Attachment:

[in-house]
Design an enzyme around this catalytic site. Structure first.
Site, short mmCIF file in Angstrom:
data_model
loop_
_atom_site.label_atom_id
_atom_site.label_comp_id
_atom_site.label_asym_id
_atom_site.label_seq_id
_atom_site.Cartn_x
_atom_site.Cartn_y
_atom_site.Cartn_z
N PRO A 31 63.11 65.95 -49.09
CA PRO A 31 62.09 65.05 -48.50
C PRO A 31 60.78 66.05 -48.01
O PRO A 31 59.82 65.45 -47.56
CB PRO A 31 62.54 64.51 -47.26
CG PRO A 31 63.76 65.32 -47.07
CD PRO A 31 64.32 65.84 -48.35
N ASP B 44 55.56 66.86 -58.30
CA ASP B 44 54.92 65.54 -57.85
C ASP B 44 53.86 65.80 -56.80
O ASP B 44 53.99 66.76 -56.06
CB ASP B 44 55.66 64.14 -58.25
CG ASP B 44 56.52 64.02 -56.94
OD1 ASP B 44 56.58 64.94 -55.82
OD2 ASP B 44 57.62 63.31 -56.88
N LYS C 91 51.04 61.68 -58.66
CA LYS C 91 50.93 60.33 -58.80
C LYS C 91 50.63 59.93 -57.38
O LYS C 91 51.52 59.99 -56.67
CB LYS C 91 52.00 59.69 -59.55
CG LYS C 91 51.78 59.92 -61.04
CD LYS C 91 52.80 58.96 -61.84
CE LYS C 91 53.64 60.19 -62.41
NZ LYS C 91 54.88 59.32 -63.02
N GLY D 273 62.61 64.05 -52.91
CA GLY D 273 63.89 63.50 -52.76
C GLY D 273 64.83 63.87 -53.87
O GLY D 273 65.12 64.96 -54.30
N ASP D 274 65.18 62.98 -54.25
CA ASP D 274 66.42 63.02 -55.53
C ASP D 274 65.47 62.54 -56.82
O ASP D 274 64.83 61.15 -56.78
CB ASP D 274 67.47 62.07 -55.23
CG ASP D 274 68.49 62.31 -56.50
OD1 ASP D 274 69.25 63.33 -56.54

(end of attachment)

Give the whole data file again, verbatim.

[in-house]
Design an enzyme around this catalytic site. Structure first.
Site, short mmCIF file in Angstrom:
data_model
loop_
_atom_site.label_atom_id
_atom_site.label_comp_id
_atom_site.label_asym_id
_atom_site.label_seq_id
_atom_site.Cartn_x
_atom_site.Cartn_y
_atom_site.Cartn_z
N PRO A 31 63.11 65.95 -49.09
CA PRO A 31 62.09 65.05 -48.50
C PRO A 31 60.78 66.05 -48.01
O PRO A 31 59.82 65.45 -47.56
CB PRO A 31 62.54 64.51 -47.26
CG PRO A 31 63.76 65.32 -47.07
CD PRO A 31 64.32 65.84 -48.35
N ASP B 44 55.56 66.86 -58.30
CA ASP B 44 54.92 65.54 -57.85
C ASP B 44 53.86 65.80 -56.80
O ASP B 44 53.99 66.76 -56.06
CB ASP B 44 55.66 64.14 -58.25
CG ASP B 44 56.52 64.02 -56.94
OD1 ASP B 44 56.58 64.94 -55.82
OD2 ASP B 44 57.62 63.31 -56.88
N LYS C 91 51.04 61.68 -58.66
CA LYS C 91 50.93 60.33 -58.80
C LYS C 91 50.63 59.93 -57.38
O LYS C 91 51.52 59.99 -56.67
CB LYS C 91 52.00 59.69 -59.55
CG LYS C 91 51.78 59.92 -61.04
CD LYS C 91 52.80 58.96 -61.84
CE LYS C 91 53.64 60.19 -62.41
NZ LYS C 91 54.88 59.32 -63.02
N GLY D 273 62.61 64.05 -52.91
CA GLY D 273 63.89 63.50 -52.76
C GLY D 273 64.83 63.87 -53.87
O GLY D 273 65.12 64.96 -54.30
N ASP D 274 65.18 62.98 -54.25
CA ASP D 274 66.42 63.02 -55.53
C ASP D 274 65.47 62.54 -56.82
O ASP D 274 64.83 61.15 -56.78
CB ASP D 274 67.47 62.07 -55.23
CG ASP D 274 68.49 62.31 -56.50
OD1 ASP D 274 69.25 63.33 -56.54